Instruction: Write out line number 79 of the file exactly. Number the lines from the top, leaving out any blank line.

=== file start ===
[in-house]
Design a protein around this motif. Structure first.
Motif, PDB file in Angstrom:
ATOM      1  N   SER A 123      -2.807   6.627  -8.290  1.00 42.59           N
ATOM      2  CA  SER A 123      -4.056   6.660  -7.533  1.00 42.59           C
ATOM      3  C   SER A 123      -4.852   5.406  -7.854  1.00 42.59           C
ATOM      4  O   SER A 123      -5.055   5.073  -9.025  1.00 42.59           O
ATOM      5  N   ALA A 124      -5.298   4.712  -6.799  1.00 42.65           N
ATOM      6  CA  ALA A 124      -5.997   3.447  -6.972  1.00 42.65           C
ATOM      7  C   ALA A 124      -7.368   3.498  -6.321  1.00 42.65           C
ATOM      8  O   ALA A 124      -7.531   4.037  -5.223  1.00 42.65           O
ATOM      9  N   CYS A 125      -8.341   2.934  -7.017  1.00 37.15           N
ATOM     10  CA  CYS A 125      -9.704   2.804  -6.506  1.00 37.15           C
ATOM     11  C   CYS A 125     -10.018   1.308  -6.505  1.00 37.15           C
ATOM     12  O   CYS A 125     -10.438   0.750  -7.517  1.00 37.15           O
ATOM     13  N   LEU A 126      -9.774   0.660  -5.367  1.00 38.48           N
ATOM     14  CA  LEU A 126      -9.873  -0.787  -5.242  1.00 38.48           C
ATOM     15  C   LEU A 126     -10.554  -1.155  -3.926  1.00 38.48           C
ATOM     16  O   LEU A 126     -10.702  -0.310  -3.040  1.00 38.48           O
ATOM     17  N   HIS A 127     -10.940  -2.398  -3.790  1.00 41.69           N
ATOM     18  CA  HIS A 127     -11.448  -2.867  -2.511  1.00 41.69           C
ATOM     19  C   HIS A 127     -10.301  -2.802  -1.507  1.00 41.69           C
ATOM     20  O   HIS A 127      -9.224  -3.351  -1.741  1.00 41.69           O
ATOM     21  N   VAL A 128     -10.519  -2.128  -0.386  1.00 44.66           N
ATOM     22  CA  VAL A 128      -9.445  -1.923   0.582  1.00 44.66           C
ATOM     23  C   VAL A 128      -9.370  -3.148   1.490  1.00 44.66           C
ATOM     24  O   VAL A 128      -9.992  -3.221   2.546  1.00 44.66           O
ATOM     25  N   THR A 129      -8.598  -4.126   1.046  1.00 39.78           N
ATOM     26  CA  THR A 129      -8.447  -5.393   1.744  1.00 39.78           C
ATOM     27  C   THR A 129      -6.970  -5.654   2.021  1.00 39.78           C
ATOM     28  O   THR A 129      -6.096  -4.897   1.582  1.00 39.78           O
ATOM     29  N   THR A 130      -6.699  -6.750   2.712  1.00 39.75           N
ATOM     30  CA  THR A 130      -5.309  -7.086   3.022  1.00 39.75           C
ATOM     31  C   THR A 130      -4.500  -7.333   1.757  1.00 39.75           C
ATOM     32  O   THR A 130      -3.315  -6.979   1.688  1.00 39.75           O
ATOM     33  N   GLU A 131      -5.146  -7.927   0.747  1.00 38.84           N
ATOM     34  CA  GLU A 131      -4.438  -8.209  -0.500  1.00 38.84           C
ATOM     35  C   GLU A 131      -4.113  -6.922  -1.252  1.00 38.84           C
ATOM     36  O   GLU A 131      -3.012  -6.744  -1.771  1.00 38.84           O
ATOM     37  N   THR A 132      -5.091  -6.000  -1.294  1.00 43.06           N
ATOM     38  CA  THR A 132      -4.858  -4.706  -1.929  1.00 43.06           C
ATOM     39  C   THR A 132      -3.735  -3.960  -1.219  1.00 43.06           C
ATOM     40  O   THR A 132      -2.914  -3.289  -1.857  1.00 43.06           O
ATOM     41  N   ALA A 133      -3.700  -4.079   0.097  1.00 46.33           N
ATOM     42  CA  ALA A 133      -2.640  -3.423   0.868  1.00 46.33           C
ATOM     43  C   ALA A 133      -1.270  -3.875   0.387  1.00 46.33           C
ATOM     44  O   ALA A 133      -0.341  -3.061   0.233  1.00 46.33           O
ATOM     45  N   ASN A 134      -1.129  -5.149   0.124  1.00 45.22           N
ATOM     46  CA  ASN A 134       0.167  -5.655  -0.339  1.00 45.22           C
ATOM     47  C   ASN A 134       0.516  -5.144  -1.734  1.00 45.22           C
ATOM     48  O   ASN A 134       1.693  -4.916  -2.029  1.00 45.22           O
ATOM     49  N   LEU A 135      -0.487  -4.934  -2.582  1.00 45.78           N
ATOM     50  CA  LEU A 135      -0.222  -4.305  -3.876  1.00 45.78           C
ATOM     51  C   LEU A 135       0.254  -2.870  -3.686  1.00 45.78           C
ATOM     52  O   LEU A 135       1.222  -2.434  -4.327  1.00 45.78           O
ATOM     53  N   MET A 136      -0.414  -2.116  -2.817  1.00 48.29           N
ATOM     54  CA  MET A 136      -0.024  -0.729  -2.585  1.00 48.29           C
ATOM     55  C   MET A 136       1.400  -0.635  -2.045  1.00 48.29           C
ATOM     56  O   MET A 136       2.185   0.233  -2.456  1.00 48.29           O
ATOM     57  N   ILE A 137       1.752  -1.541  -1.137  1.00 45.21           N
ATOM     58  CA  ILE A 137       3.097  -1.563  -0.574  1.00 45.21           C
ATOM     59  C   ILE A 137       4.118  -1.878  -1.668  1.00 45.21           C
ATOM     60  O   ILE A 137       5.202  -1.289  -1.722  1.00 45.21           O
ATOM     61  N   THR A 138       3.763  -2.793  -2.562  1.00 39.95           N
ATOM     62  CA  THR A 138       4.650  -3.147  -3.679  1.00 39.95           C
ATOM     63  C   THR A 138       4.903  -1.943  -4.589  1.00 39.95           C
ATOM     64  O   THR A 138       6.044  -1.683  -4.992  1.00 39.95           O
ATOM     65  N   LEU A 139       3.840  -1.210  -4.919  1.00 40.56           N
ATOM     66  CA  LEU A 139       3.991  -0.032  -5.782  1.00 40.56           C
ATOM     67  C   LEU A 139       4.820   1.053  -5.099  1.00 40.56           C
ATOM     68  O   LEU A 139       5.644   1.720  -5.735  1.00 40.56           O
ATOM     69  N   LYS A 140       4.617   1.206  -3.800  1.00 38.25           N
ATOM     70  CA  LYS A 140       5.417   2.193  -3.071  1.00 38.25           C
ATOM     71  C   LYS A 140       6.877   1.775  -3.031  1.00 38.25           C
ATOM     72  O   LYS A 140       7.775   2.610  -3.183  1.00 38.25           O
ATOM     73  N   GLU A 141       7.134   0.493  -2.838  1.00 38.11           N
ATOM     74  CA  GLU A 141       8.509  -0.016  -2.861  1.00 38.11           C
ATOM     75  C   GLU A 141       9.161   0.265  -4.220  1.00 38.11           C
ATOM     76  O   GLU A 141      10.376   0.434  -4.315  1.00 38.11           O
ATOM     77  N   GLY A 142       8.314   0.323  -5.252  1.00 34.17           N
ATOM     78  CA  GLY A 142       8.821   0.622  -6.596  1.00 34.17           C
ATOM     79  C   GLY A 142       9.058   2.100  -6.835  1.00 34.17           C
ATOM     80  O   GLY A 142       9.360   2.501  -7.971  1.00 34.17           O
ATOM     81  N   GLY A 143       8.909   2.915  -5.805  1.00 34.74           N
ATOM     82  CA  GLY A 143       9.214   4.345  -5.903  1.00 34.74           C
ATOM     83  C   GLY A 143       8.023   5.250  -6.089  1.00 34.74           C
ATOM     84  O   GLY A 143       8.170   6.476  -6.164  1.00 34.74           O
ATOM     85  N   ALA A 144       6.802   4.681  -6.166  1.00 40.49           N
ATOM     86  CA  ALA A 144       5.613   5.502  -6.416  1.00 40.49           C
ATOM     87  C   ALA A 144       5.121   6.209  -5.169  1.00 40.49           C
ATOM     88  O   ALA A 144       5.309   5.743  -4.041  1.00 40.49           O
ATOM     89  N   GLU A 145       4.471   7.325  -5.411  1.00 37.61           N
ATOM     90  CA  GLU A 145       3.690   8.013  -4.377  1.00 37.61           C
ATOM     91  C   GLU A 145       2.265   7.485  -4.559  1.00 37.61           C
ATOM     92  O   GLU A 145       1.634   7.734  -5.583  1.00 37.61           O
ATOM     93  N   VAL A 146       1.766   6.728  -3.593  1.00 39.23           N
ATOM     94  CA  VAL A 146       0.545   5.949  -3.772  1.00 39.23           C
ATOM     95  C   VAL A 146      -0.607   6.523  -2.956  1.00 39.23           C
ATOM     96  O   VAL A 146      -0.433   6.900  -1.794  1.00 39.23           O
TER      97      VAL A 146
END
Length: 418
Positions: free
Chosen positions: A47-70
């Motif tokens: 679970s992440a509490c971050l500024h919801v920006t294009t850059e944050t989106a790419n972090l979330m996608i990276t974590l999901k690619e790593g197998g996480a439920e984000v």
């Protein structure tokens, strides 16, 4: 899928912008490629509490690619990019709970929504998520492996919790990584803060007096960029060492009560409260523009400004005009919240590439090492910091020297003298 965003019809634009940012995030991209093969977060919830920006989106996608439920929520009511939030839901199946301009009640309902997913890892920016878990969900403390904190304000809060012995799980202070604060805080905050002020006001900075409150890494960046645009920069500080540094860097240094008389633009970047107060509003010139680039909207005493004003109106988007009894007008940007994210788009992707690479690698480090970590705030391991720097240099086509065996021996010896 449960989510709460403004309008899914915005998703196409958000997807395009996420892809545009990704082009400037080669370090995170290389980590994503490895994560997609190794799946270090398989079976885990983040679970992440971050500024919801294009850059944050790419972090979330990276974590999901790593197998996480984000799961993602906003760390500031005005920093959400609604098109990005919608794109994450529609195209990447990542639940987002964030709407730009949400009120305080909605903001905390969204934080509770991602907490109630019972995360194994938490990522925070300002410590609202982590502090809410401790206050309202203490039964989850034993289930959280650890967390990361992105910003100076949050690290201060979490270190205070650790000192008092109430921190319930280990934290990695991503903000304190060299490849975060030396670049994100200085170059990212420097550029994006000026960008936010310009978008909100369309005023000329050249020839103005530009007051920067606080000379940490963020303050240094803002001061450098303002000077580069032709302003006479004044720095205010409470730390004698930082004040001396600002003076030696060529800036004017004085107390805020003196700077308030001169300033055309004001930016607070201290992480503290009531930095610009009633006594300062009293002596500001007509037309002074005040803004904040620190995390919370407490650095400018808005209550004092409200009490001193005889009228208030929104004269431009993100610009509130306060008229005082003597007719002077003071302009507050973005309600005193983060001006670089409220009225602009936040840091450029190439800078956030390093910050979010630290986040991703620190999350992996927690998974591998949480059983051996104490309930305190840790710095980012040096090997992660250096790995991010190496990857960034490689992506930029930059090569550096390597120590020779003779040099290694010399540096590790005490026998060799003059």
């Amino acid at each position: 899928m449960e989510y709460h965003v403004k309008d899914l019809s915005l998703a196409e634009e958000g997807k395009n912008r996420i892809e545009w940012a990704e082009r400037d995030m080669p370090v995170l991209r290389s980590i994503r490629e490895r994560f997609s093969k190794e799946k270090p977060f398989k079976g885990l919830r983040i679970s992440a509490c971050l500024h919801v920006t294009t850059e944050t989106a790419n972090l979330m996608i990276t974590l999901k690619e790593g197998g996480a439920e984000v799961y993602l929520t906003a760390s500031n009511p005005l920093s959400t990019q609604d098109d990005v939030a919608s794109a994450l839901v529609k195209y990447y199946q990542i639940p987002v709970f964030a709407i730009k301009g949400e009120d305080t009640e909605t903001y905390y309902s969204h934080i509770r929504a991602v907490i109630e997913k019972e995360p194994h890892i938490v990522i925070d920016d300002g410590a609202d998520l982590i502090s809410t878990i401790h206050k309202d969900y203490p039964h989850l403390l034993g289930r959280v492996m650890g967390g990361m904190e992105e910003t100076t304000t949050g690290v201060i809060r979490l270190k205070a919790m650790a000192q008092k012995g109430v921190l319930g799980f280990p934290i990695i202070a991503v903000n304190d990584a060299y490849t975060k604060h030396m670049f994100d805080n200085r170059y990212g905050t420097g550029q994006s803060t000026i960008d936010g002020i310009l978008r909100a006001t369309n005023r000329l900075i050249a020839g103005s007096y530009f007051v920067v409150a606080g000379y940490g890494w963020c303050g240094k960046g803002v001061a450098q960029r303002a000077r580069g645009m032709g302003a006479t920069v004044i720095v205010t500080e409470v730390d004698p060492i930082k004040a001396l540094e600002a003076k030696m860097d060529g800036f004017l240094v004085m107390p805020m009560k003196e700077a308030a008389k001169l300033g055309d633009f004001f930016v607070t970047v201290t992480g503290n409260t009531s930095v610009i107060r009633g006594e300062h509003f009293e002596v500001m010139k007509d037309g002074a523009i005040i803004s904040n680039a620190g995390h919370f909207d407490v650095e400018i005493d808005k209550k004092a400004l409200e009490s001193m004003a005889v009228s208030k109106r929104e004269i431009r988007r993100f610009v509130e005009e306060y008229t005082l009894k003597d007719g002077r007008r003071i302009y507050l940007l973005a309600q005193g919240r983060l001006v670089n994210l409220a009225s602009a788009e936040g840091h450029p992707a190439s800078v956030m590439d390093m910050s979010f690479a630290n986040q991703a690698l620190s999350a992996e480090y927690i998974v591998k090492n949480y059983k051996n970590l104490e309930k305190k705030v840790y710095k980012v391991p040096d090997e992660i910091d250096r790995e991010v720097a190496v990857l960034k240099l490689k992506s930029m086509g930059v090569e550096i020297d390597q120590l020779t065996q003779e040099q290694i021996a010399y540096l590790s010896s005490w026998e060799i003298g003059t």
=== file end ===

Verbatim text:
ATOM     76  O   GLU A 141      10.376   0.434  -4.315  1.00 38.11           O